Tudor

Tudor

The Family Story

Book - 2013
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The Tudors are a national obsession. From TV bodice-rippers to Booker-prize winning novels and scholarly journals, they are our favourite family in history. Their story is packed with famous and thrilling tales: Henry VIII and his wives,Elizabeth the Virgin Queen, the Princes in the Tower, the Armada. But, as Leanda de Lisle shows in this exciting new history, if we look beyond these familiar headlines, much that is new and surprising is revealed.

     The Tudor canon starts with Bosworth in 1485 and really gets going with Henry VIII and the Reformation. But this leaves out the obscure Welsh origins of Owain ap Maredudd ap Tudur, the man who would become known simply as 'Owen Tudor' and fall (literally) into the lap of Katherine de Valois, widow of Henry V. It leaves out the courage of Margaret Beaufort, the forgotten pregnant thirteen-year-old girl who through her son Henry VII went on to found and shape the Tudor dynasty. It casts Elizabeth as the paradigm of power, and misses the effects of Mary's influence as they were growing up.

     Over and above everything else, the Tudors' is a family story. A family struggling at every turn to establish their right to the throne. A family dominated by remarkable women doing everything possible to secure influence and the family line. What emerges here is a story like no other, packed with all the headlines we know and love, but which also brings to life in a completely new -- and very human way -- this extraordinary family and their times.
Publisher: London : Chatto & Windus, 2013
ISBN: 9780701185893
Branch Call Number: 942.050922 DEL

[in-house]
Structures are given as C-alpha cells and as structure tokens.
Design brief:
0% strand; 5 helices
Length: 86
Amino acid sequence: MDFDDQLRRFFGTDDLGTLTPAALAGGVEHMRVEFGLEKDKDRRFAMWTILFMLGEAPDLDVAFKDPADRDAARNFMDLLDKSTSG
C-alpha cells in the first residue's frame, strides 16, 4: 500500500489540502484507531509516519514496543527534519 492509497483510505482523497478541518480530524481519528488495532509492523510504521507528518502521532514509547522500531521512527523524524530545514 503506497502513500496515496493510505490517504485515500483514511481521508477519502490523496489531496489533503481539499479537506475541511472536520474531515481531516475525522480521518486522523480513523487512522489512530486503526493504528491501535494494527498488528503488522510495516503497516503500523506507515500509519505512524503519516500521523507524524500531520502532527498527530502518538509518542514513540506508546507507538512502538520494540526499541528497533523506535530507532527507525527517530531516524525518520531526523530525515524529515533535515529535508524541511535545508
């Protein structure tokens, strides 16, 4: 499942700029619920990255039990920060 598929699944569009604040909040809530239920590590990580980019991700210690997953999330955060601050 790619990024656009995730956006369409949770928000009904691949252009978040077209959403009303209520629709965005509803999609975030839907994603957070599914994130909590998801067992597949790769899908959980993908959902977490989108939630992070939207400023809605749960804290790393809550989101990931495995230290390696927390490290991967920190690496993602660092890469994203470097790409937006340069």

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BlueHippo
Aug 25, 2015

I really, really enjoyed this book. It is extremely well-researched and very well written. I especially enjoyed learning more about some of the "minor" characters in the Tudor story-Henry VIII's sisters, for example. There are a couple of minor errors the editor should have caught-Wolsey is identified as someone's "godmother"(I'm sure it should have read "godfather"), and there is a reference to Henry VI as being the uncle of Henry VII. I don't see that-maybe Henry VI was his step-uncle (through Owen Tudor's 2nd marriage to Catherine of Valois marriage), but I don't see the direct relationship for Henry VI and Henry VII. The book is very current and the author makes use of research and discoveries made within the last few years, including the discovery of the body of Richard III. The print is small, but it is well-written and reads pretty easily. There is an epilogue and 4 short appendices which focus on some very specific things. There are also many pages of notes and many of these are actually very interesting! I am looking forward to reading other books by this author.

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